This publication analyses the fundamental structures of national Arab investment law and international investment law, and thereby illustrates how the infirmities of these levels of regulation can be compensated by the of precautionary measures.
Bilateral Investment Treaties / Force Majeure / Hardship
The current political situation in some states of the Near and Middle East and North Africa demonstrates, that political instability in host states (states in which the investment is made) might negatively affect general domestic circumstances to the effect, that the implementation of investment projects might become subject to tremendous impediments or even impossible. This also includes specific political interventions, which aim to harm foreign investors and foreign direct investment. This contribution deals with protection options against detrimental state measures and the legal concept of force majeure and hardship in Arab legal systems.
The International Comparative Legal Guide to:Mergers & Aquisitions 201913th EditionChapter 45, pp. 315 et seq.March 2019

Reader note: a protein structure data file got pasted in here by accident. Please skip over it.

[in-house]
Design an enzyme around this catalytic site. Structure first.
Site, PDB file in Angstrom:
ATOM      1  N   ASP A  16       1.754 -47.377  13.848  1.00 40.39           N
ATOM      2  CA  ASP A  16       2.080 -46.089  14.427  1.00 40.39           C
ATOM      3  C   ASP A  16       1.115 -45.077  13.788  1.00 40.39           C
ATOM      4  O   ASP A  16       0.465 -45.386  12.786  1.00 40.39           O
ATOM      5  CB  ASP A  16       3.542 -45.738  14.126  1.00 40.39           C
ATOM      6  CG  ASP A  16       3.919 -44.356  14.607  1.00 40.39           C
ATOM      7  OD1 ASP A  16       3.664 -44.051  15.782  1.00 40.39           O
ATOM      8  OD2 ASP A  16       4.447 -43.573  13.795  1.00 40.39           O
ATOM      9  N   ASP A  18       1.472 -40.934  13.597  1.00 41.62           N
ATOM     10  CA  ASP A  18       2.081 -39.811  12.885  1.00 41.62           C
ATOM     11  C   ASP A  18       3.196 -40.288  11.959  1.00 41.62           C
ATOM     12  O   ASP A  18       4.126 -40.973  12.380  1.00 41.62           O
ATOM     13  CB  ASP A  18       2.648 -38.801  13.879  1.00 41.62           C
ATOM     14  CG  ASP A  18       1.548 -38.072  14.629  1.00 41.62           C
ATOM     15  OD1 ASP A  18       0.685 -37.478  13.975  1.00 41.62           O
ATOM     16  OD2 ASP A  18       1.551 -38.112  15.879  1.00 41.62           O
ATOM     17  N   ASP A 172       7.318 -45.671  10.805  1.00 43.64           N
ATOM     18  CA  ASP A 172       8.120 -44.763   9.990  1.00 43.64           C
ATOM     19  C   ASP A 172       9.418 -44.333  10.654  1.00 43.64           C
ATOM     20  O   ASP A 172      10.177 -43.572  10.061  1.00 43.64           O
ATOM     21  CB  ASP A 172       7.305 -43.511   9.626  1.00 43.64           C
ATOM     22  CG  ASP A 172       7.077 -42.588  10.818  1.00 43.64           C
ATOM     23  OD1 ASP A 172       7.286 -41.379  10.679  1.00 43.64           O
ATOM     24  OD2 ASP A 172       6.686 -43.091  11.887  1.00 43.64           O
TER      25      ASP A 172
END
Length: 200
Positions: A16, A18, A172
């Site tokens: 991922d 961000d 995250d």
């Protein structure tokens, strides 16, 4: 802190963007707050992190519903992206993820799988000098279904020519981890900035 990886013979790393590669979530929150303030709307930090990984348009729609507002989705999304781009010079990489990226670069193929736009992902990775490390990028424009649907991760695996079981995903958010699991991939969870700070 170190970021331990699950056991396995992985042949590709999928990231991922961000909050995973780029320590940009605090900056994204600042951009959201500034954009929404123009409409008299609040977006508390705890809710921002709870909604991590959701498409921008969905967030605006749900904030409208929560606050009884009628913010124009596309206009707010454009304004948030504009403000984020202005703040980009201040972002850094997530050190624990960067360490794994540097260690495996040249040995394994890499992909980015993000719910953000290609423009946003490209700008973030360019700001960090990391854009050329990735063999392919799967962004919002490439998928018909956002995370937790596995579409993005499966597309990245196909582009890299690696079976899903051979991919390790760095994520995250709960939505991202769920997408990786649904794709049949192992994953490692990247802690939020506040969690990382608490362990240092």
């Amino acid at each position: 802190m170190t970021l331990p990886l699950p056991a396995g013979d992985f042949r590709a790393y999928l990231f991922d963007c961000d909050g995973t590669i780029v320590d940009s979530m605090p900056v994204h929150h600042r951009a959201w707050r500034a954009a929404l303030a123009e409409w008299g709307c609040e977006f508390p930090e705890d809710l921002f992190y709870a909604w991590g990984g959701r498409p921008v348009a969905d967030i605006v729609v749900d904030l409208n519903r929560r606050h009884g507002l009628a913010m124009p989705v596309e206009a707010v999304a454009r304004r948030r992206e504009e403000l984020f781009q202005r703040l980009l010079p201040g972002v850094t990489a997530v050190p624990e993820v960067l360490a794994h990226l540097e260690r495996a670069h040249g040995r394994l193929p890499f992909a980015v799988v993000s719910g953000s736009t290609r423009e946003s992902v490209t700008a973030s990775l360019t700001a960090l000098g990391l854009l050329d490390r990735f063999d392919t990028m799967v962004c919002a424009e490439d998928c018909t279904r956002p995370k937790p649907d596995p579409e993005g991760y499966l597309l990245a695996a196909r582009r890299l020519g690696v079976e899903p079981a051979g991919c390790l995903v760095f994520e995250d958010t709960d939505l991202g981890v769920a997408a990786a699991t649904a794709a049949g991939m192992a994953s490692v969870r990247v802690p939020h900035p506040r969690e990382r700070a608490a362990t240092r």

This contribution provides an overview of the legal and regulatory M&A regime of Saudi Arabia as well as challenges and strategies for drafting of transaction documents for M&A transactions in and with connection to Saudi Arabia.
The International Comparative Legal Guide to:Mergers & Aquisitions 201913th EditionChapter 55, pp. 392 et seq.March 2019
This contribution provides an overview of the legal and regulatory M&A regime of Saudi Arabia as well as challenges and strategies for drafting of transaction documents for M&A transactions in and with connection to the United Arab Emirates (UAE).
Islamic Finance newsVolume 16, Issue 6 February 13, 2019